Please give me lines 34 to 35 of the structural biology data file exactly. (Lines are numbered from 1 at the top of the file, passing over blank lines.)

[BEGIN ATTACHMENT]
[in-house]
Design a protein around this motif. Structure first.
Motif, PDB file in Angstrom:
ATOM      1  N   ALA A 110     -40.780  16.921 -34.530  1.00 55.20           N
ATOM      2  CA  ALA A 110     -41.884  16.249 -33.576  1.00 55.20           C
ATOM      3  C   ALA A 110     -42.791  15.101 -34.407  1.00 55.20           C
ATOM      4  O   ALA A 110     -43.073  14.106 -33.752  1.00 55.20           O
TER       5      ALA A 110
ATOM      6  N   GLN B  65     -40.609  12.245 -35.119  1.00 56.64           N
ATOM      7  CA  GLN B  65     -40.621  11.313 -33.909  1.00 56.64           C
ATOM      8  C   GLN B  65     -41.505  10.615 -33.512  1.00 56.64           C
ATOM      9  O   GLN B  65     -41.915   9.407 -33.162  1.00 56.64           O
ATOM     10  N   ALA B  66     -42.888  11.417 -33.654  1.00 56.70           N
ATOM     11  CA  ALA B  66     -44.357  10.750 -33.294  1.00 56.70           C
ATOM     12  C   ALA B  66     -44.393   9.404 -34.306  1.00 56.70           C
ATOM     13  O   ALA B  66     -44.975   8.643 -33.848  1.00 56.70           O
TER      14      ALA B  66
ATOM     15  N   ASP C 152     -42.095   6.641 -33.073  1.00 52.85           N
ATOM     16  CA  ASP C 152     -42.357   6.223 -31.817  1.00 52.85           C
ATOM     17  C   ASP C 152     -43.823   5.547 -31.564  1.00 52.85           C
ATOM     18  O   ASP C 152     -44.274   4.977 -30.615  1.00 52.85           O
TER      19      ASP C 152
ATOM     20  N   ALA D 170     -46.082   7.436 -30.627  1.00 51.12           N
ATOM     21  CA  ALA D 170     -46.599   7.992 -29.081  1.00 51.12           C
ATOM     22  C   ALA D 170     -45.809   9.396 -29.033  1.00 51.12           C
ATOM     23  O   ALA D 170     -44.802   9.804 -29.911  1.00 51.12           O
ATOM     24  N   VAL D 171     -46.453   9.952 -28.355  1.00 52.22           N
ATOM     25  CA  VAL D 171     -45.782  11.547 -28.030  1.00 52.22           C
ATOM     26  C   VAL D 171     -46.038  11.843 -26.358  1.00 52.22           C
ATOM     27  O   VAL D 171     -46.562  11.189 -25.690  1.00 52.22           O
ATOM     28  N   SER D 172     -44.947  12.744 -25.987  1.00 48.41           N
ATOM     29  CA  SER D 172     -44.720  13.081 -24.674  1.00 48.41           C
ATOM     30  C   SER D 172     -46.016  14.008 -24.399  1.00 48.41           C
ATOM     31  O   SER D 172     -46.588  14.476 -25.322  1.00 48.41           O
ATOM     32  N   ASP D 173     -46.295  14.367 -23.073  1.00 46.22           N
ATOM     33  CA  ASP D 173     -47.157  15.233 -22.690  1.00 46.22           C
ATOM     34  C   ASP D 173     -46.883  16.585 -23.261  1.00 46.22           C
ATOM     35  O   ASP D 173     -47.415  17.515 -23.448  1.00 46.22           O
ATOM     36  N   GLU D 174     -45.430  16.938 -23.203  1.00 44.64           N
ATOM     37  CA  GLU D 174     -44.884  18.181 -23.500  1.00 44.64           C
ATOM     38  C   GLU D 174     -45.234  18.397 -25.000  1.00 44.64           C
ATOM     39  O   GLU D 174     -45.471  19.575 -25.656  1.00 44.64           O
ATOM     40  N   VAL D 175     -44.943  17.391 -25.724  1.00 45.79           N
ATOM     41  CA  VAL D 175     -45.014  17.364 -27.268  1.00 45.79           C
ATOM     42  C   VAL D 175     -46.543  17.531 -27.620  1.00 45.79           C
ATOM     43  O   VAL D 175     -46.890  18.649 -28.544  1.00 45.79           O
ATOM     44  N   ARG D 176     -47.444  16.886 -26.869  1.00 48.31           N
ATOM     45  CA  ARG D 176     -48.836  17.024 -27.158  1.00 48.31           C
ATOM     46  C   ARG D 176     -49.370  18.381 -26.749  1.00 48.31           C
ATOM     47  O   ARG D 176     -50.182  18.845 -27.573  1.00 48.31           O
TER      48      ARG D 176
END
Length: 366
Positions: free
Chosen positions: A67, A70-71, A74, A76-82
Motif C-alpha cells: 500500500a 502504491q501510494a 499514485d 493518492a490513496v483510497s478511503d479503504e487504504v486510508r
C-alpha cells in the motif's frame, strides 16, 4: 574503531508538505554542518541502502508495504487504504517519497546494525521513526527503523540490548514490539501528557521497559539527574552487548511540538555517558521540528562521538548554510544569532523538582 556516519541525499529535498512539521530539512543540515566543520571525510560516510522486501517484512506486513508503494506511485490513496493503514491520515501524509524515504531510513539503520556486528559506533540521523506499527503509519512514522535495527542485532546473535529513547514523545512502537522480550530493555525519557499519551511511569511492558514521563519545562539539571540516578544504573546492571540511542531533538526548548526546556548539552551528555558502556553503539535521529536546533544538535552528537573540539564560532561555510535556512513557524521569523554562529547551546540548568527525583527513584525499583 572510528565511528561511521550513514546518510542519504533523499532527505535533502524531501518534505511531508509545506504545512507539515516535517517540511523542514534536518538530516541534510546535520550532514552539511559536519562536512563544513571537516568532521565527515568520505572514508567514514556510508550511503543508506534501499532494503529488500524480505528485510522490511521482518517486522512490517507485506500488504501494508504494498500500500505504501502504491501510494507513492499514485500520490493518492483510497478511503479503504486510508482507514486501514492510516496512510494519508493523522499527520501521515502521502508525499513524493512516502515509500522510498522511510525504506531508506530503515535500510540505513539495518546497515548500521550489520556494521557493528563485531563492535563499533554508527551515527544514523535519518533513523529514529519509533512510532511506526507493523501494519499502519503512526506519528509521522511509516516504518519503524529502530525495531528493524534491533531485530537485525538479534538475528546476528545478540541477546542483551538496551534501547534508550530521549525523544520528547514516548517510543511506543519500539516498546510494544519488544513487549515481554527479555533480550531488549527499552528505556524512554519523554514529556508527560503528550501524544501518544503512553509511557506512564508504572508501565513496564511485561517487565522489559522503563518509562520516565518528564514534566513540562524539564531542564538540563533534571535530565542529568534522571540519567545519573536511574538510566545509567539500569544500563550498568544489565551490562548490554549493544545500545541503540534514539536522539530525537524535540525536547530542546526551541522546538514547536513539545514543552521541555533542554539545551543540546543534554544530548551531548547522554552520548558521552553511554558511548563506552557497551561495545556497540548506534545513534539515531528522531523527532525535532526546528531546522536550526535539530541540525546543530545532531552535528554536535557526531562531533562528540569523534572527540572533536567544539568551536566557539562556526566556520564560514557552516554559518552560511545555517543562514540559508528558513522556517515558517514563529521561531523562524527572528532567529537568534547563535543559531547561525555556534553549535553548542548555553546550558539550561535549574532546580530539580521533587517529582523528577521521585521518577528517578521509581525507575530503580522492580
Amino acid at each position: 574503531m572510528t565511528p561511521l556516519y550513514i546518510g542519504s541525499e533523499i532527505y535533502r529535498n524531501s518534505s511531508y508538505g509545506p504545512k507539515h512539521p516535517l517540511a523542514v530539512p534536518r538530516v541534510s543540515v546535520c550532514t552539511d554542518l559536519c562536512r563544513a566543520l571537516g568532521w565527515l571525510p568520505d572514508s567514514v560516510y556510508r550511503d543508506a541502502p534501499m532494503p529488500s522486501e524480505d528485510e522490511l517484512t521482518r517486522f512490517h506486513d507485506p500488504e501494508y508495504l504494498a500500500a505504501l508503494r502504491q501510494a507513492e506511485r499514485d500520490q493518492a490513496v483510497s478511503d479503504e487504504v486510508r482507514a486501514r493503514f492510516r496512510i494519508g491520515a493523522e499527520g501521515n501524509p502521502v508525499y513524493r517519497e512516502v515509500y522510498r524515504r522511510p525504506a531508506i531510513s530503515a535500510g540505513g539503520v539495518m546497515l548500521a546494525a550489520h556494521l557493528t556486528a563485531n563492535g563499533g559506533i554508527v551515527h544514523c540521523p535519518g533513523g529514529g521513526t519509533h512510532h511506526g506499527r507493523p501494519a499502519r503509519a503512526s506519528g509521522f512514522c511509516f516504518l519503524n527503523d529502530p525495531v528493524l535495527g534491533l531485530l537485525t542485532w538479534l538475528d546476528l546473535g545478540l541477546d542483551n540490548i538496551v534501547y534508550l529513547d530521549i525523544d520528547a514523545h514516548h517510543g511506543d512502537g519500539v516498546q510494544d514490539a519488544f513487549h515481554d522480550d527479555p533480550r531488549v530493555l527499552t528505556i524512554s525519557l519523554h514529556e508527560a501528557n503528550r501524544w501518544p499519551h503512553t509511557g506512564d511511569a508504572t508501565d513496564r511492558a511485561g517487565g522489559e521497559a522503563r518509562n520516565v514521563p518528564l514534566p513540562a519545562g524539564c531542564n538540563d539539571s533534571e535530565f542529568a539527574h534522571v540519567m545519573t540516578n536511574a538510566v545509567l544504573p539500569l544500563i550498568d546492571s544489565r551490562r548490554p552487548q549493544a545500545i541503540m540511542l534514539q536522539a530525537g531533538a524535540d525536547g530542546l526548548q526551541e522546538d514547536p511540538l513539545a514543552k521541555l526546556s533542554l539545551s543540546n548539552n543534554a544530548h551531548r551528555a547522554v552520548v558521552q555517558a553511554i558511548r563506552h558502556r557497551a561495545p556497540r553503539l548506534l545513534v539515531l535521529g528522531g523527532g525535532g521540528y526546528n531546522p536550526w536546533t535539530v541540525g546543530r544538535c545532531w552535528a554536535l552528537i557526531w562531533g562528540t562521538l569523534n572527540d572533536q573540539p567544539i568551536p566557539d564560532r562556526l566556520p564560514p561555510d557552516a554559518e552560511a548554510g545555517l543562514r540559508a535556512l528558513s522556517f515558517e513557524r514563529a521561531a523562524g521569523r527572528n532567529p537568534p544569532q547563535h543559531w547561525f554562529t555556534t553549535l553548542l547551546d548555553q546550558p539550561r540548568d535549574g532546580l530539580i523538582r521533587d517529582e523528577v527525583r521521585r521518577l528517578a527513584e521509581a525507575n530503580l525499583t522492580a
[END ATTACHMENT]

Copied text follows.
ATOM     31  O   SER D 172     -46.588  14.476 -25.322  1.00 48.41           O
ATOM     32  N   ASP D 173     -46.295  14.367 -23.073  1.00 46.22           N